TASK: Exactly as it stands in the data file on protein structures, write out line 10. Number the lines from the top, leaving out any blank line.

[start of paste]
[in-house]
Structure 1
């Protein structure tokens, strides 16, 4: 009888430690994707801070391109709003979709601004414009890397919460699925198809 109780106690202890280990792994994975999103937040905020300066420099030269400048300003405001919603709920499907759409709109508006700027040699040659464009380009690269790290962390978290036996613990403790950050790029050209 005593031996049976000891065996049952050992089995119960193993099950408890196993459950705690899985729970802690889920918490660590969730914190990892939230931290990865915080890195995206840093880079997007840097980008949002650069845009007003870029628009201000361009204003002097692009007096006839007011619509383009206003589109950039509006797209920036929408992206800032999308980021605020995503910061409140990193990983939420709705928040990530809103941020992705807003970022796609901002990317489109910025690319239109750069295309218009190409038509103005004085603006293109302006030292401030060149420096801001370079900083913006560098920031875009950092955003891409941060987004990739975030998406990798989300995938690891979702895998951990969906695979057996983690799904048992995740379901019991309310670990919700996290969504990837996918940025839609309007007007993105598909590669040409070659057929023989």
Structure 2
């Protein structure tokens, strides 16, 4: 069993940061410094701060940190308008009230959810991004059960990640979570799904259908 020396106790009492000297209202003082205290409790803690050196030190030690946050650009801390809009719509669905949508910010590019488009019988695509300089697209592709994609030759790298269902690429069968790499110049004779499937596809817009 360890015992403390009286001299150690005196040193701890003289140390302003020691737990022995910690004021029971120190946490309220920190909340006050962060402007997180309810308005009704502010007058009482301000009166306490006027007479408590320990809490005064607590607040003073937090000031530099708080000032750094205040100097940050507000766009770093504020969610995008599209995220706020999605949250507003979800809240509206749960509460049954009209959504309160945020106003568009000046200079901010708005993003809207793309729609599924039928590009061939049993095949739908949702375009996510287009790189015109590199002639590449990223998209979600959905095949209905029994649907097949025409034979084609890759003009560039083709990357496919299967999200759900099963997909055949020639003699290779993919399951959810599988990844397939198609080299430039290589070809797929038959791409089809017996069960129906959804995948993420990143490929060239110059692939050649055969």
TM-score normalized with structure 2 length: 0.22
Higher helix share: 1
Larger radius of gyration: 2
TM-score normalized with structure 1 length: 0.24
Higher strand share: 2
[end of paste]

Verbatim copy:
Higher strand share: 2